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Wednesday, 19 November 1986
Page: 2481

Senator MASON —My question is directed to the Minister for Education. Is it a fact that the western Sydney area, with a population considerably larger than that of Tasmania, the Australian Capital Territory and the Northern Territory combined, does not have a single university? Assuming that the Minister favours the continuance of existing universities in Tasmania and the Australian Capital Territory, will she announce without equivocation the Government's commitment to the early construction of a university in western Sydney? Finally, is the Minister aware of proposals by the Mayor of Penrith for such a university to be built adjacent to the existing Penrith Technical and Further Education College, where there is a suitable site? If so, what is her reaction to those proposals?

Senator RYAN —I am aware of the Penrith City Council's views about an appropriate siting for a university college. I am aware of a great deal of the negotiation and discussion going on among the Commonwealth Government, State authorities, institutions in the outer western area and citizens living in that area. In all modesty, I think I have a lot more awareness of these matters than does Senator Mason and than his question indicates. To start a question along the line of `is it a fact that there is no university in the western suburbs' does not show a very deep knowledge of the circumstances of the west. Of course there is no university in the western suburbs of Sydney, as everybody knows. There are two colleges of advanced education which have been supported and extended under our Government's policies. In the south-west, an area which also deserves consideration, there is a further college of advanced education, which again is growing rapidly and is strongly supported by our Government.

In relation to the legitimate desires of people in the western suburbs of Sydney, and indeed the south-west, to have university places in those areas, there has been considerable progress. Current thinking by the Commonwealth is that the quickest and most economical way of getting university facilities commenced in the west would be to establish a college of an existing university, probably of Sydney University or the University of New South Wales. If this proposal were developed in co-operation with the State Government it would be possible to have university places in the west by the beginning of 1990. There are alternative ways of taking university places to the west but my view at this stage is that a university college of an established and flourishing university would be the best way to go, all things considered.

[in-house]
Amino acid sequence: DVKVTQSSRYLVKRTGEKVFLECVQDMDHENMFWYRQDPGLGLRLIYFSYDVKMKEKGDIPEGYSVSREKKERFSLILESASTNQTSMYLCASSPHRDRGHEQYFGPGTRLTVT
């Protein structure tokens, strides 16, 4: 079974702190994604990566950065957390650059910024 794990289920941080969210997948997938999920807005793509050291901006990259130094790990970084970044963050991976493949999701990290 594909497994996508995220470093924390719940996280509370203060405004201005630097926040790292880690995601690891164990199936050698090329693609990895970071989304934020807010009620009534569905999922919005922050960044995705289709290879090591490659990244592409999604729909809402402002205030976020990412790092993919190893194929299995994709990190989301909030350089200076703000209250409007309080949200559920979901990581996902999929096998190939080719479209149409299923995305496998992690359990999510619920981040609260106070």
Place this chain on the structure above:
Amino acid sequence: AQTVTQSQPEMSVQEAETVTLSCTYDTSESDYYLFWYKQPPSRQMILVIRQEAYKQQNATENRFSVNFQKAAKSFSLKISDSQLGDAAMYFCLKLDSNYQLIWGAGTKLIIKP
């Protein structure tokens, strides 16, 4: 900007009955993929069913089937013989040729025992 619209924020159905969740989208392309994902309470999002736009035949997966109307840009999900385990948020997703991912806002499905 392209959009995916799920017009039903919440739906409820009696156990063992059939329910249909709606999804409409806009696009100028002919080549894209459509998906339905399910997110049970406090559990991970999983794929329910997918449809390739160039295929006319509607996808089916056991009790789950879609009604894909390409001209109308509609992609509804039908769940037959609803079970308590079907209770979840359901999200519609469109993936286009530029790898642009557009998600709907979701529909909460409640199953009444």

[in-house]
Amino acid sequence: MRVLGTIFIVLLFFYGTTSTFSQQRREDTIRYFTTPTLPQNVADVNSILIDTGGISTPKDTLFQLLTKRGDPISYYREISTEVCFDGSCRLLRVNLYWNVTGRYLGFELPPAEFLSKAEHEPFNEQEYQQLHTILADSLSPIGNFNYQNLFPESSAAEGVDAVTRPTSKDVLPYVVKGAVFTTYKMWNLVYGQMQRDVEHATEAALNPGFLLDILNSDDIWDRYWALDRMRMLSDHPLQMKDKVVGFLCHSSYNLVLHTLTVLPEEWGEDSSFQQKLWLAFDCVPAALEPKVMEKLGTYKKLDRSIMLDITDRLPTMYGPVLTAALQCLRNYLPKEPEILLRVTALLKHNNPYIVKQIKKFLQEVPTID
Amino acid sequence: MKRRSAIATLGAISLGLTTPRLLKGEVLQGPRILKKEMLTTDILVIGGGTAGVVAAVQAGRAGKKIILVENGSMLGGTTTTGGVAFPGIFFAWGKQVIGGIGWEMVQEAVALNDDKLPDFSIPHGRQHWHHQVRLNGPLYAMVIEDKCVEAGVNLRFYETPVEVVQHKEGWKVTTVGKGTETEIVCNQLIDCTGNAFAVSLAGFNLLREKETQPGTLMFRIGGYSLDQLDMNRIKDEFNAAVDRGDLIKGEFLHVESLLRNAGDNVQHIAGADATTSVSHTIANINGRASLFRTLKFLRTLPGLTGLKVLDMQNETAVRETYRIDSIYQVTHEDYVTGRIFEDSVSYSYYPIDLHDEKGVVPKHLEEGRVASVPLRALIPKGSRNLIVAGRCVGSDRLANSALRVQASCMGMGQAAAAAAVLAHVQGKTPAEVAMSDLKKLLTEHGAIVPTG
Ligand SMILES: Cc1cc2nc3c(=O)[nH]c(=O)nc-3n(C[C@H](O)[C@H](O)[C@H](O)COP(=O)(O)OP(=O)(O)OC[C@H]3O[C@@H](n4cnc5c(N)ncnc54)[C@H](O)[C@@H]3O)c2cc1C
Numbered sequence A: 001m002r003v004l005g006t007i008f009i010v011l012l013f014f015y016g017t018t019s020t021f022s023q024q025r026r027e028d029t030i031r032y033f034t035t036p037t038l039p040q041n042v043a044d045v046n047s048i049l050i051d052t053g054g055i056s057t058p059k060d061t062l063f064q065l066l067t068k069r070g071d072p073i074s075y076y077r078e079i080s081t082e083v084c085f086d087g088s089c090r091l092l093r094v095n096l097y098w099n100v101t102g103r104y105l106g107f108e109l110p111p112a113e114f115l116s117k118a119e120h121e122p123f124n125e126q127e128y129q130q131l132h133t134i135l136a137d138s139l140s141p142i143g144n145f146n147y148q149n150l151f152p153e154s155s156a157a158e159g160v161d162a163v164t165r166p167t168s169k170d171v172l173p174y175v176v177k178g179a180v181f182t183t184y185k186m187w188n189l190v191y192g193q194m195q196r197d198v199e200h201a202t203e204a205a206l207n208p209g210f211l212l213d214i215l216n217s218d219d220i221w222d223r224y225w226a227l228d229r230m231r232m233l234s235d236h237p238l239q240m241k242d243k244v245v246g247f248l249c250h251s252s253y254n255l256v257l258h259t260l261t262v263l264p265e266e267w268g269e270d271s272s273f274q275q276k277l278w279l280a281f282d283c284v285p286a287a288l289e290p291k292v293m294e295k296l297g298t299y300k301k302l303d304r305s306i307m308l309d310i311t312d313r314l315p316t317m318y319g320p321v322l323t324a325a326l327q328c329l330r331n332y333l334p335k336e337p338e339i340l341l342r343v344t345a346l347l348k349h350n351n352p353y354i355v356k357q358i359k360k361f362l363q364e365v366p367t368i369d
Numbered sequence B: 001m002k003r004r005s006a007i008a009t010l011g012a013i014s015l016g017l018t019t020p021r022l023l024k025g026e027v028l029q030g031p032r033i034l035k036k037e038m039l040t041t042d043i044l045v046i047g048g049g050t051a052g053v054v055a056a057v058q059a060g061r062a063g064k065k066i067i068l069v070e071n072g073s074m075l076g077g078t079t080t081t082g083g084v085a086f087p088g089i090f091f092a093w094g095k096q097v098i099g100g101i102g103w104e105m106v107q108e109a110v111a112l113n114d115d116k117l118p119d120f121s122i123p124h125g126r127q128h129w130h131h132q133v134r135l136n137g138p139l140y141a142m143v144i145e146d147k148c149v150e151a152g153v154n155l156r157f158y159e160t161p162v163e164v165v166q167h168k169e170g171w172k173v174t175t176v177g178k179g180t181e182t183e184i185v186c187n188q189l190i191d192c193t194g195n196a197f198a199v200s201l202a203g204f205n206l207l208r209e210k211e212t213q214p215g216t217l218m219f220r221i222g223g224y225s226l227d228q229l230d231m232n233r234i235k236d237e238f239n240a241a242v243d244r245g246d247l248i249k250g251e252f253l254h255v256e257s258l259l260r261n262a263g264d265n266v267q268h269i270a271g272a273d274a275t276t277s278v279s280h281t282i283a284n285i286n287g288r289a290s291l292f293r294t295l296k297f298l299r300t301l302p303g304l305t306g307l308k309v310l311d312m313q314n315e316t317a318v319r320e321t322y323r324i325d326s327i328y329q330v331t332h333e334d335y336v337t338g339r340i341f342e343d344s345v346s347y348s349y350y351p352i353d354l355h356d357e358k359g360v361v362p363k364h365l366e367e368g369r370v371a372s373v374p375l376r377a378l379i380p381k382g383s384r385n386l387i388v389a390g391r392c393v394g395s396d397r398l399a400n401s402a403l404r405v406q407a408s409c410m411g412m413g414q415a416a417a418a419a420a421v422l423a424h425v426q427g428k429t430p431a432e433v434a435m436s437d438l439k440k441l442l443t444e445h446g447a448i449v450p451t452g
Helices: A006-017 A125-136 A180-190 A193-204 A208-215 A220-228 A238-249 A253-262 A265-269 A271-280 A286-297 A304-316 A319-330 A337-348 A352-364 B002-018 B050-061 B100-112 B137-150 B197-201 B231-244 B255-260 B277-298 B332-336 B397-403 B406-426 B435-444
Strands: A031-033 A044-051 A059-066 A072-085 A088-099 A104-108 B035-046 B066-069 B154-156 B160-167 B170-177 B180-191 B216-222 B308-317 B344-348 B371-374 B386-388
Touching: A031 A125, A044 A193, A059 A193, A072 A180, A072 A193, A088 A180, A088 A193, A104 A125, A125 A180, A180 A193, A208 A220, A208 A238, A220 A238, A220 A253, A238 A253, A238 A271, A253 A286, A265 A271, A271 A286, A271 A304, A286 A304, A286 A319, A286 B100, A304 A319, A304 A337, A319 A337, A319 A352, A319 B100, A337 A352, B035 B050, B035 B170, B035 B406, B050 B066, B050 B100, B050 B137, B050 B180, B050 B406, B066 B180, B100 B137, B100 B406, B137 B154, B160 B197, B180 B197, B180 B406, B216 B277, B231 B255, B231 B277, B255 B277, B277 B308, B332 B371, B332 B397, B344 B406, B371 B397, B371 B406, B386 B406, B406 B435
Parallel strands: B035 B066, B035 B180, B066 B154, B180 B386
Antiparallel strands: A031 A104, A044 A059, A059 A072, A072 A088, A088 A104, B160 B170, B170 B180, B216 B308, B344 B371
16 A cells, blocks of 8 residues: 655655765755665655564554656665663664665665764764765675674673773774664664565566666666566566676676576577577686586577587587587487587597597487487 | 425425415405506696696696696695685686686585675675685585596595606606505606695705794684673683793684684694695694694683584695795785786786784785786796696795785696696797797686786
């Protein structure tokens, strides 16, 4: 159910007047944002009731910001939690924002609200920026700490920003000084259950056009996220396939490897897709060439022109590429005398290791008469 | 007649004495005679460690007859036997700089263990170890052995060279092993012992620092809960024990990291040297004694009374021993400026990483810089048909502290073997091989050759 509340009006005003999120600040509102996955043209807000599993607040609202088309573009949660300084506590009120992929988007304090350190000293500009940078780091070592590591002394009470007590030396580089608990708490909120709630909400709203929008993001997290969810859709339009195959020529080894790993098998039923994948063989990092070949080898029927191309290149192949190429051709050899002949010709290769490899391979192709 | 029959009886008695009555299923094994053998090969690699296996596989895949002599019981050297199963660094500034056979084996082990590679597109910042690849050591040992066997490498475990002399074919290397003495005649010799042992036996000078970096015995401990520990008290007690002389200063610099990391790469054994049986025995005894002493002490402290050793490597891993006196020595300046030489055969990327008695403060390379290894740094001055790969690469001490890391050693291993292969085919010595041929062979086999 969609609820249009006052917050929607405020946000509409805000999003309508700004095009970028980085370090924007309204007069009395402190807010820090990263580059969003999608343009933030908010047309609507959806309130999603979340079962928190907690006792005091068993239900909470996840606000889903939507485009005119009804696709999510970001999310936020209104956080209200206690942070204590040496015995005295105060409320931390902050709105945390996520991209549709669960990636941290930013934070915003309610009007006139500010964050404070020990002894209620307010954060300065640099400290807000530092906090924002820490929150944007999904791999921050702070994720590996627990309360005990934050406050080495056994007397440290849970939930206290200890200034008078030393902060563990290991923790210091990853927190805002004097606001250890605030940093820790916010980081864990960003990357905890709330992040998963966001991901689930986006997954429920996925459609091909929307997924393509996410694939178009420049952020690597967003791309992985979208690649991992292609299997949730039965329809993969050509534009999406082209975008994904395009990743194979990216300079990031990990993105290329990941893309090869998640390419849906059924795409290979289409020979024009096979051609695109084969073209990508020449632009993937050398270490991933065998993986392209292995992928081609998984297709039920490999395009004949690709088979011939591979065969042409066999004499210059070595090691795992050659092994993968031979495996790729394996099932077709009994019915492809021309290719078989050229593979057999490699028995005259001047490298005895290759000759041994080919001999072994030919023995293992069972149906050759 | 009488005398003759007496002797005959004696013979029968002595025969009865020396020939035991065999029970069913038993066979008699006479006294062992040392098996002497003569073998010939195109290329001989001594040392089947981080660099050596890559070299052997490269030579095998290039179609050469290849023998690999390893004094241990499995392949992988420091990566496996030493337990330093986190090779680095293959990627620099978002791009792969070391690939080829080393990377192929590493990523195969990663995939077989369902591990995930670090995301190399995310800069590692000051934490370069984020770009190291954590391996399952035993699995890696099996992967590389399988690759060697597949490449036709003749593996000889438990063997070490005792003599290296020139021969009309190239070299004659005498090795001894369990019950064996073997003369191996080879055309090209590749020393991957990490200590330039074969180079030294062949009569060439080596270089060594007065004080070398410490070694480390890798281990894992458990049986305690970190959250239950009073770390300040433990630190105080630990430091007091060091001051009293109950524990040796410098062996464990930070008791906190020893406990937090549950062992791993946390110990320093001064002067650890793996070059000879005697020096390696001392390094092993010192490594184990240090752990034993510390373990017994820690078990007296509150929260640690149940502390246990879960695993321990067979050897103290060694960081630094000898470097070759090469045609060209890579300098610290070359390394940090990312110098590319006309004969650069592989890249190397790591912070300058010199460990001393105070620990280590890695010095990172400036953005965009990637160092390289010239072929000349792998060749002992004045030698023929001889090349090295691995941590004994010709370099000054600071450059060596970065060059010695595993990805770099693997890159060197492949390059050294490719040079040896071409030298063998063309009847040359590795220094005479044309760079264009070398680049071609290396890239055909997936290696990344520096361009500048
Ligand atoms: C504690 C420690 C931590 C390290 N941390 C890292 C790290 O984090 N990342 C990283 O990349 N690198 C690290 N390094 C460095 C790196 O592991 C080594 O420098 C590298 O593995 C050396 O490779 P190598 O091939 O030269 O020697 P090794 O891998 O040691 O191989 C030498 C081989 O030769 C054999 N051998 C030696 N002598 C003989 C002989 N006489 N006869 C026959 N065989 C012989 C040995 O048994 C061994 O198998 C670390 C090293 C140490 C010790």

The fact to which Senator Mason's question drew attention, that there is no university in the western suburbs, is not a criticism that can be sheeted home to our Government. It is a criticism of previous planning. For example, during the seven years of the Fraser Administration no steps were taken, to my knowledge, to develop the concept of having university facilities in the west. Indeed, at the time when Macquarie University, Sydney's third university, was established and sited the State Government at the time-I think it was a Liberal government although I may have to stand corrected on that-chose a most inappropriate site for that university. The result is that although Macquarie University is a flourishing university and it has many students, those students do not come from the disadvantaged western suburbs of Sydney-it is virtually impossible for them to get there-they come from the relatively advantaged northern suburbs of Sydney, where students already have fairly ready access to existing universities. So the fact that there is no university in the western suburbs should really involve criticism of decisions by Commonwealth and State governments previous to our taking office.

Since we took office we have worked very actively to increase higher education opportunities in the western suburbs and have done so very successfully. It is our intention to continue to do so and to look at the best in terms of standards, meeting the needs of the community in the most cost-efficient way to develop such a facility in an appropriate part of the western suburbs. Whether this development will be at the Penrith site, which naturally the Penrith City Council is attracted to, the Blacktown site, which also has its firm adherents, or indeed a better site are matters about which I have to have more extensive discussions with the New South Wales Government and the various groups in the western suburbs.